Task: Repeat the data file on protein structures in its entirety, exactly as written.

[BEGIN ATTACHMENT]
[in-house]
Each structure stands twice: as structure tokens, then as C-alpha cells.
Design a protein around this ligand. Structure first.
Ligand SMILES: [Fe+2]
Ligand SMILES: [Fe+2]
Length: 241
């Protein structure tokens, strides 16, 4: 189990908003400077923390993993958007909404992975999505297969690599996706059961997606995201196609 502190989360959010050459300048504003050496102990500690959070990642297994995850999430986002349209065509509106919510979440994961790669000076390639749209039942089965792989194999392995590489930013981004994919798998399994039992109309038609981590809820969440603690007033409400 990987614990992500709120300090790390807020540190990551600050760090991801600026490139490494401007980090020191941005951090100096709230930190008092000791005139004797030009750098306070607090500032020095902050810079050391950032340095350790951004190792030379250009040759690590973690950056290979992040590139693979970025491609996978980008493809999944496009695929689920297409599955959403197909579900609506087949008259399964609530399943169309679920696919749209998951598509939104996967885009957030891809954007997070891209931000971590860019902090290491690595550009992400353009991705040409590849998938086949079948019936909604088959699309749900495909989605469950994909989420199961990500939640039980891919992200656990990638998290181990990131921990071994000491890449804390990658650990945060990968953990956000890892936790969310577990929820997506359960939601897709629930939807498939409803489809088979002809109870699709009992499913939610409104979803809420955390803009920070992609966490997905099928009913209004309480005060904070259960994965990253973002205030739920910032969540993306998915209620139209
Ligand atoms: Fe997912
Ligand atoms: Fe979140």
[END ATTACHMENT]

[in-house]
Each structure stands twice: as structure tokens, then as C-alpha cells.
Design a protein around this ligand. Structure first.
Ligand SMILES: [Fe+2]
Ligand SMILES: [Fe+2]
Length: 241
């Protein structure tokens, strides 16, 4: 189990908003400077923390993993958007909404992975999505297969690599996706059961997606995201196609 502190989360959010050459300048504003050496102990500690959070990642297994995850999430986002349209065509509106919510979440994961790669000076390639749209039942089965792989194999392995590489930013981004994919798998399994039992109309038609981590809820969440603690007033409400 990987614990992500709120300090790390807020540190990551600050760090991801600026490139490494401007980090020191941005951090100096709230930190008092000791005139004797030009750098306070607090500032020095902050810079050391950032340095350790951004190792030379250009040759690590973690950056290979992040590139693979970025491609996978980008493809999944496009695929689920297409599955959403197909579900609506087949008259399964609530399943169309679920696919749209998951598509939104996967885009957030891809954007997070891209931000971590860019902090290491690595550009992400353009991705040409590849998938086949079948019936909604088959699309749900495909989605469950994909989420199961990500939640039980891919992200656990990638998290181990990131921990071994000491890449804390990658650990945060990968953990956000890892936790969310577990929820997506359960939601897709629930939807498939409803489809088979002809109870699709009992499913939610409104979803809420955390803009920070992609966490997905099928009913209004309480005060904070259960994965990253973002205030739920910032969540993306998915209620139209
Ligand atoms: Fe997912
Ligand atoms: Fe979140």